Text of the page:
Although his solo career never reached beyond a cult-sized group of Deep Purple fanatics in the States, over in England, singer Ian Gillan enjoyed chart success in the late '70s/early '80s with a string of hard rock-based solo outings. For the proof, just check out the amount of "Gillan" patches you spot on longhaired headbangers' denim jackets entering the Hammersmith Odeon to see Iron Maiden (in 1982) on Maiden's The Early Days DVD. And as evidenced by the 2008 DVD, Glory Years, Gillan certainly had a top-notch rock band to back him up on-stage during this pre-Purple reunion era. Originally aired as part of the Rock Goes to College TV series (a show that seemed to showcase just about every band that played a U.K. college during the time), the show was recorded during Gillan's Glory Road Tour, on February 2, 1981 at Oxford Polytechnic. As always, Gillan's voice is in fine form (does the man ever have an off night vocally?), and he even shows off his bongo skills at various points of the performance. But as mentioned earlier, the Gillan band was one fierce rockin' beast, and comprised of some unforgettable characters. One prerequisite of just about every single hard rock/heavy metal band of the era was for all bandmembers to have shoulder-length hair, and bassist John McCoy flips the bird at conventionality here -- by having shaved half his head bald (and wearing a ZZ Top-ish beard). And on guitar, you have Bernie Tormé, who sports a look best described as a "glam rock pirate" (one black shoe, one white shoe, a white ruffled shirt, and a tattered jacket, as well as a thunderbolt painted on his face and multi-colored long hair). But forget the looks for a second, the fact of the matter is that Tormé was one of the most underrated guitarists of the era, and his over the top six-string heroics show why Ozzy Osbourne tapped him to be Randy Rhoads' initial -- albeit short-lived replacement -- in the Ozzy band. Just check out the track "Mr. Universe" for the proof, as his style is a hybrid of Gary Moore and Eddie Van Halen. And while the inclusion of a few Purple classics would have certainly helped (or any Purple era tracks, for that matter), the set opening, Motörhead-esque barn stormer, "Unchain Your Brain," is a definite highlight, as well as the Spinal Tap-esque "Mutually Assured Destruction on the Rocks" (a little ditty about nuclear destruction...did every bloody metal band of the early '80s have a song about this topic?). All in all, The Glory Years is a faithful and fitting reminder of the oft-overlooked Gillan.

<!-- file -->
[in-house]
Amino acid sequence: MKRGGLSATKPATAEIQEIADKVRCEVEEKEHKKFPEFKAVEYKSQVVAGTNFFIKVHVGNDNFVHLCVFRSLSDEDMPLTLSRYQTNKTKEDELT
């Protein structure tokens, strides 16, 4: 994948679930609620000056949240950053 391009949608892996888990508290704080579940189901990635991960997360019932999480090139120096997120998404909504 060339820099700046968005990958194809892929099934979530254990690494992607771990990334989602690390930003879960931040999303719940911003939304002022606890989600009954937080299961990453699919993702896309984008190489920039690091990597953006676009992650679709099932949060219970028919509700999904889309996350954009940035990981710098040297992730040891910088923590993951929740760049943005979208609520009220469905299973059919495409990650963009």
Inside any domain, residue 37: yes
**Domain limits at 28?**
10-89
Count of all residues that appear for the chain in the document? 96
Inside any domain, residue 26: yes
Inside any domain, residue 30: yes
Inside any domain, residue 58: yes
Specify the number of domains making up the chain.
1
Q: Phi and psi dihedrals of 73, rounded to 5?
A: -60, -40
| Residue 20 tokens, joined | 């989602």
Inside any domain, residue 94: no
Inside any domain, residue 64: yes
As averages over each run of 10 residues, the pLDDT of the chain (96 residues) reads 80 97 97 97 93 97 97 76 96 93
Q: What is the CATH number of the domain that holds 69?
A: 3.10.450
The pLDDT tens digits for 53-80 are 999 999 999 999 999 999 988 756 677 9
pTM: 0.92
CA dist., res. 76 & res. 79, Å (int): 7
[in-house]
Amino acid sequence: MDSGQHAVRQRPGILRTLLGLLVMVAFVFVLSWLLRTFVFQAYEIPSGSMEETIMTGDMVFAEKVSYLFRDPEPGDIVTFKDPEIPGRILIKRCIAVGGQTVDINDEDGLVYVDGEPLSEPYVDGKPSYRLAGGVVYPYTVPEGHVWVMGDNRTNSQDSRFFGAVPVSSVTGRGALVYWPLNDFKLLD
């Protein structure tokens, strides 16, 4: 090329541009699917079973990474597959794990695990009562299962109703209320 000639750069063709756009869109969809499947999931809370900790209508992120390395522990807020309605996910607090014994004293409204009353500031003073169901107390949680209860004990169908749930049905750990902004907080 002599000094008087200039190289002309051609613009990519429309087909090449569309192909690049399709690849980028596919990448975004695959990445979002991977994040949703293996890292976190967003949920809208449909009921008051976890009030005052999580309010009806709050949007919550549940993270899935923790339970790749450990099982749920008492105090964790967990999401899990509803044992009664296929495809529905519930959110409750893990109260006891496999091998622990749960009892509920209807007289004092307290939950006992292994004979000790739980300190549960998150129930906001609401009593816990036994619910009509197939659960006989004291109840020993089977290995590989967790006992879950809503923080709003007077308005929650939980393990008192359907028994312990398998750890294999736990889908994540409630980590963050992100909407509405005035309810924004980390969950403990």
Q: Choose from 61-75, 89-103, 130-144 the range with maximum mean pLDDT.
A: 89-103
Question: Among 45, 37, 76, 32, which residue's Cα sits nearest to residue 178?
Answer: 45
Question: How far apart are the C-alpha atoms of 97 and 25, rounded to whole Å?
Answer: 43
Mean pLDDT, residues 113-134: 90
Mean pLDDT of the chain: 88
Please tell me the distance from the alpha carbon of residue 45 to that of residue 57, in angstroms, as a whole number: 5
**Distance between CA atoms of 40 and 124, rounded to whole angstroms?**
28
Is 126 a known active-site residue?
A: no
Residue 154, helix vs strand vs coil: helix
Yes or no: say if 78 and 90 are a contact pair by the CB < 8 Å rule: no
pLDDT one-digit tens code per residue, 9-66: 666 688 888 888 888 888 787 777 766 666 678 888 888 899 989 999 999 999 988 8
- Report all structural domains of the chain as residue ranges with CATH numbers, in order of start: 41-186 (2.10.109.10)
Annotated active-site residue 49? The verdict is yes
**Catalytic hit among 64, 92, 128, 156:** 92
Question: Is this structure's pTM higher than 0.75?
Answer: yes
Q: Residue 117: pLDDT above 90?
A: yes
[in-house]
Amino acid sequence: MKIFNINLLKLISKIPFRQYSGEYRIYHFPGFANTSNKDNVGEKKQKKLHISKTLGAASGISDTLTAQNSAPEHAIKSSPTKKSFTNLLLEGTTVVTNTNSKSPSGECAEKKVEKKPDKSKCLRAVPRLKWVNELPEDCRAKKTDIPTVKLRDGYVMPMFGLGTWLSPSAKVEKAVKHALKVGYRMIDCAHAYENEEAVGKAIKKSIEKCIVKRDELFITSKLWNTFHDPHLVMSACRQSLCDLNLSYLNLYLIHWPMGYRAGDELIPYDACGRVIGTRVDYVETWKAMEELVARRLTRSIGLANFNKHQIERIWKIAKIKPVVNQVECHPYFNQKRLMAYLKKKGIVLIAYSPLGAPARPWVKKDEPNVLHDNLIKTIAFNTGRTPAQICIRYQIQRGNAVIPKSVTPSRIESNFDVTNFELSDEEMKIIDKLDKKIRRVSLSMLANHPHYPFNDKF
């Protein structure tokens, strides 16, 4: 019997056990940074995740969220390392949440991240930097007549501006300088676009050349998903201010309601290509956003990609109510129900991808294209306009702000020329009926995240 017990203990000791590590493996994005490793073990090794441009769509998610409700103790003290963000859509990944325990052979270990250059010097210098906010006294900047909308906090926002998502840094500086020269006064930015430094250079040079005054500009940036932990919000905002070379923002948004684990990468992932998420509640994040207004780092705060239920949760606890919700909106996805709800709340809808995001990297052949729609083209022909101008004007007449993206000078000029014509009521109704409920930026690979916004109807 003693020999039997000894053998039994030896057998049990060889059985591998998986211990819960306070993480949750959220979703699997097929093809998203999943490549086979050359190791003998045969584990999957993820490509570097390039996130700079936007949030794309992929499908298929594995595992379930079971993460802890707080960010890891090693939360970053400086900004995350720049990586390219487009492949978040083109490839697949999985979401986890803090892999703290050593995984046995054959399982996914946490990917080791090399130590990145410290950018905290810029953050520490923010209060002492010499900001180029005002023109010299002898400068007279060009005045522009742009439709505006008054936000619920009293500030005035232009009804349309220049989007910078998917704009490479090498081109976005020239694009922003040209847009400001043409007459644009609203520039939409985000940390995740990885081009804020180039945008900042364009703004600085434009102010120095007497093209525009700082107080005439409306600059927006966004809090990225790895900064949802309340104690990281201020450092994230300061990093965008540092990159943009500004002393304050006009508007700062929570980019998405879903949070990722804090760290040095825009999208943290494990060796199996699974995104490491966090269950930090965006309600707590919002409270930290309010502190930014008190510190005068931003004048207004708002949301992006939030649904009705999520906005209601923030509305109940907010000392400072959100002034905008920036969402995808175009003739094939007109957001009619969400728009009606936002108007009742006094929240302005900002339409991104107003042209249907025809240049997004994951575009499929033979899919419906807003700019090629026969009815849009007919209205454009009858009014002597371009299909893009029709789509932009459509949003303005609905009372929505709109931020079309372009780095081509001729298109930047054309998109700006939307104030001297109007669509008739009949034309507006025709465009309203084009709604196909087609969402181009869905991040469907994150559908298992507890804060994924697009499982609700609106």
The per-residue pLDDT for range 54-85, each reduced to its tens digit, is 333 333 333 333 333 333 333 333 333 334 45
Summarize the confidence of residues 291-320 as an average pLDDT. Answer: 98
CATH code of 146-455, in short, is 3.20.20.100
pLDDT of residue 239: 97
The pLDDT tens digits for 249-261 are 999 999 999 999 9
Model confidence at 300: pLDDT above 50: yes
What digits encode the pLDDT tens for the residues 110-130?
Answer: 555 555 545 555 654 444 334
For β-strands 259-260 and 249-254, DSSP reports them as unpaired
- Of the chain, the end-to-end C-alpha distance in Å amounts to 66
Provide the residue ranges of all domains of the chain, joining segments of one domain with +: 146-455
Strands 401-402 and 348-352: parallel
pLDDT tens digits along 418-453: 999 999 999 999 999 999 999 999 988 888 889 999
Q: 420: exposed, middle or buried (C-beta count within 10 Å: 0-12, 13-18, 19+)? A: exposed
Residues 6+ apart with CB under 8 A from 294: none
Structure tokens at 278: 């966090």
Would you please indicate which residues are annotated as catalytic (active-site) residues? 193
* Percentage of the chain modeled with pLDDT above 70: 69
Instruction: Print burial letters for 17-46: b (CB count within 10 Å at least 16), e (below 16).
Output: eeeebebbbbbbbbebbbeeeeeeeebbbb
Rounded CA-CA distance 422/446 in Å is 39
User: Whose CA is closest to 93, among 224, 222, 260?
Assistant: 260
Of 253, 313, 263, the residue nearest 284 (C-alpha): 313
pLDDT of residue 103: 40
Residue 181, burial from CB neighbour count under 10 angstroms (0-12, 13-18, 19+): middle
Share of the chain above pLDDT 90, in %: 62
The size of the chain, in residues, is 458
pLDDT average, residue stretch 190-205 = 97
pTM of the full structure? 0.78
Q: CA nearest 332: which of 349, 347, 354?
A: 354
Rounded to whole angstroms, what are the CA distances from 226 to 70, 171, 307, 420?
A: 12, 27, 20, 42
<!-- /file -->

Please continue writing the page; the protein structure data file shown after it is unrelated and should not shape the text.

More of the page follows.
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AllMusic Review by Greg Prato